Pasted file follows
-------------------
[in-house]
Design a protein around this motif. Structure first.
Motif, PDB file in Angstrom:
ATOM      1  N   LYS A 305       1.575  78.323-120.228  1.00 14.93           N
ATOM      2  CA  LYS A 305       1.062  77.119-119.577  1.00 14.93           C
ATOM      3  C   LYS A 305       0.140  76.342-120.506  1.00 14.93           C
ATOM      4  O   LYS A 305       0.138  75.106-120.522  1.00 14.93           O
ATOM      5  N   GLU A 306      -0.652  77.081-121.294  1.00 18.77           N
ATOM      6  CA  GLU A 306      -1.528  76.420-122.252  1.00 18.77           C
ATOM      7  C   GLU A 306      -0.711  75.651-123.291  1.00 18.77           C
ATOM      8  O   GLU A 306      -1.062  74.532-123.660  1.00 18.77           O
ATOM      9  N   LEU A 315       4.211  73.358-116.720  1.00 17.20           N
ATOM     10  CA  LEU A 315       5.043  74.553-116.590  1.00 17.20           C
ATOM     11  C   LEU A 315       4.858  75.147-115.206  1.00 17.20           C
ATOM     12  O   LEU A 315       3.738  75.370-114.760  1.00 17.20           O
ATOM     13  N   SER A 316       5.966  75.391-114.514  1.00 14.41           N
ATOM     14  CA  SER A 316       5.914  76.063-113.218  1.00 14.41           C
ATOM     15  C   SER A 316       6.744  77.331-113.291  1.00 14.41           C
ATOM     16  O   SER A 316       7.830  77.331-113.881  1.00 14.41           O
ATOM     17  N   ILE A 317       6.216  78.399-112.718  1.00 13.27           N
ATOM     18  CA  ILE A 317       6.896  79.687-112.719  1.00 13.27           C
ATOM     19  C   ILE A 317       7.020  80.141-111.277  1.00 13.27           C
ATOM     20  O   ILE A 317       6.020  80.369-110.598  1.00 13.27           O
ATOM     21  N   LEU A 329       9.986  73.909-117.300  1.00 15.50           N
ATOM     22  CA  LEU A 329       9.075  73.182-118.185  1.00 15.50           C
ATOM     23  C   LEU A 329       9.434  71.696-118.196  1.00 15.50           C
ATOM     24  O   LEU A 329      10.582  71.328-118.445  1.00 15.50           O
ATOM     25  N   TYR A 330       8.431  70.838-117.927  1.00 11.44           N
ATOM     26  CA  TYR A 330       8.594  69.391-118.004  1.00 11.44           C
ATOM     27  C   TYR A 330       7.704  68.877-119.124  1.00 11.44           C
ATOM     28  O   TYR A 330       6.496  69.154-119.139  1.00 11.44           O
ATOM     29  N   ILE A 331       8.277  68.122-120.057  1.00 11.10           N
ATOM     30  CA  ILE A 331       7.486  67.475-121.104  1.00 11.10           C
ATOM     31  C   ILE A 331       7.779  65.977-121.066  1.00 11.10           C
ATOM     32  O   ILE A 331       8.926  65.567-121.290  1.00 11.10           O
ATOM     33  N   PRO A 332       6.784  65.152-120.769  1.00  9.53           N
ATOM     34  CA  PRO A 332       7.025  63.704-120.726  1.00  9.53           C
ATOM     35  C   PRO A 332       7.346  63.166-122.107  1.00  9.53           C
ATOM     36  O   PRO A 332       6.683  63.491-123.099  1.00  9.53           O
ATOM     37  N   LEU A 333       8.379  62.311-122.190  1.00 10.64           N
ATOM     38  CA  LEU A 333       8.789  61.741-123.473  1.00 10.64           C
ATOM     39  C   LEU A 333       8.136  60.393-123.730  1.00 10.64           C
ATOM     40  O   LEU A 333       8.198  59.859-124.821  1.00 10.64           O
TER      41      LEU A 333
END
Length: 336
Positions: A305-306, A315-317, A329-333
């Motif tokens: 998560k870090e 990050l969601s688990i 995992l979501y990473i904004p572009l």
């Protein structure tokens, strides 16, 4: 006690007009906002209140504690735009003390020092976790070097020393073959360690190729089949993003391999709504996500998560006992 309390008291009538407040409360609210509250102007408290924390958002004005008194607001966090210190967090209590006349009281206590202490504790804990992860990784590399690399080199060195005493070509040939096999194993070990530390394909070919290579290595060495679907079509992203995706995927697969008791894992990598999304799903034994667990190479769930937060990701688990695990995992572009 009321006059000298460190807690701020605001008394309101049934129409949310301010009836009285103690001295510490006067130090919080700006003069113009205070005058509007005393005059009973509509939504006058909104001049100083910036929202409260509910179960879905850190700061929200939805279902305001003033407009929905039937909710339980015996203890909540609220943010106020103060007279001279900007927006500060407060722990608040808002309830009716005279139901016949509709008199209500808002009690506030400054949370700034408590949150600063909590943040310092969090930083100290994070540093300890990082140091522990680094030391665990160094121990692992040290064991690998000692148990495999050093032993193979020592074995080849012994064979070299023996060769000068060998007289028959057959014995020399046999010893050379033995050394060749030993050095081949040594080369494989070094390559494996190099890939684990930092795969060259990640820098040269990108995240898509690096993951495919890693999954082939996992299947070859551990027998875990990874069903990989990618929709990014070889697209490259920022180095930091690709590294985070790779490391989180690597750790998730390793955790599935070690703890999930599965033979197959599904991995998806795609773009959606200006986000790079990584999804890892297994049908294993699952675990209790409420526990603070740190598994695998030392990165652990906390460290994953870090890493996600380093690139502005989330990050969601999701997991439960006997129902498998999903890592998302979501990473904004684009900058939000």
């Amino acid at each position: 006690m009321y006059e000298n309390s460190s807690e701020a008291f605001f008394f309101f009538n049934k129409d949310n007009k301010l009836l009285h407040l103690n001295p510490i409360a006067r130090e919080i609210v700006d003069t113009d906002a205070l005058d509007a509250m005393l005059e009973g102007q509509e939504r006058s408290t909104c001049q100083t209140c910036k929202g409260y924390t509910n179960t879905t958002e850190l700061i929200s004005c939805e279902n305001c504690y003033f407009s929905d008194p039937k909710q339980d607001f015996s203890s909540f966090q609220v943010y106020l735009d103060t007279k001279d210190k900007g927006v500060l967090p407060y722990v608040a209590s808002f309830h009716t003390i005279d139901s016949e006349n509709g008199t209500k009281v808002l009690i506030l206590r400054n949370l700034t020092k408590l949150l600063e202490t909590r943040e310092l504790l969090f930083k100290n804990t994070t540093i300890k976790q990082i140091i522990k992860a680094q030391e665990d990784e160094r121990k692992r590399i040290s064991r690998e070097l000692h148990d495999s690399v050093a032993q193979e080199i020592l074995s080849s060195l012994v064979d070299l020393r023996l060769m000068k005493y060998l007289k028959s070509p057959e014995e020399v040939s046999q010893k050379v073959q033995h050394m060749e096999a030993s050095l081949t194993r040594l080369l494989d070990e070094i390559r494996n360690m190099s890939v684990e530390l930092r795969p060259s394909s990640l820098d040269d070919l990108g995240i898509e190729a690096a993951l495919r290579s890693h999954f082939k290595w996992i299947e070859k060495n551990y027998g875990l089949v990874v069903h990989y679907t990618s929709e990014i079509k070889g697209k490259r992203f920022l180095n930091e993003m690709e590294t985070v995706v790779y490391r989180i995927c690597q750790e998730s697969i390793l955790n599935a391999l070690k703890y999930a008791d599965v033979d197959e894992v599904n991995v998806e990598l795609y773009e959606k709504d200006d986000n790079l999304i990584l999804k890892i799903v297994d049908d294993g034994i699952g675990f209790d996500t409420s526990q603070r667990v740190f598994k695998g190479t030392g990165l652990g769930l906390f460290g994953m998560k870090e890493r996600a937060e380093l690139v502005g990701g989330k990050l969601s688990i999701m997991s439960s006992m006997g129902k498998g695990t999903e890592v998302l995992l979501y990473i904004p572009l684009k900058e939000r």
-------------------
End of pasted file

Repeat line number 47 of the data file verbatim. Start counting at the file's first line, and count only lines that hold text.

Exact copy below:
Positions: A305-306, A315-317, A329-333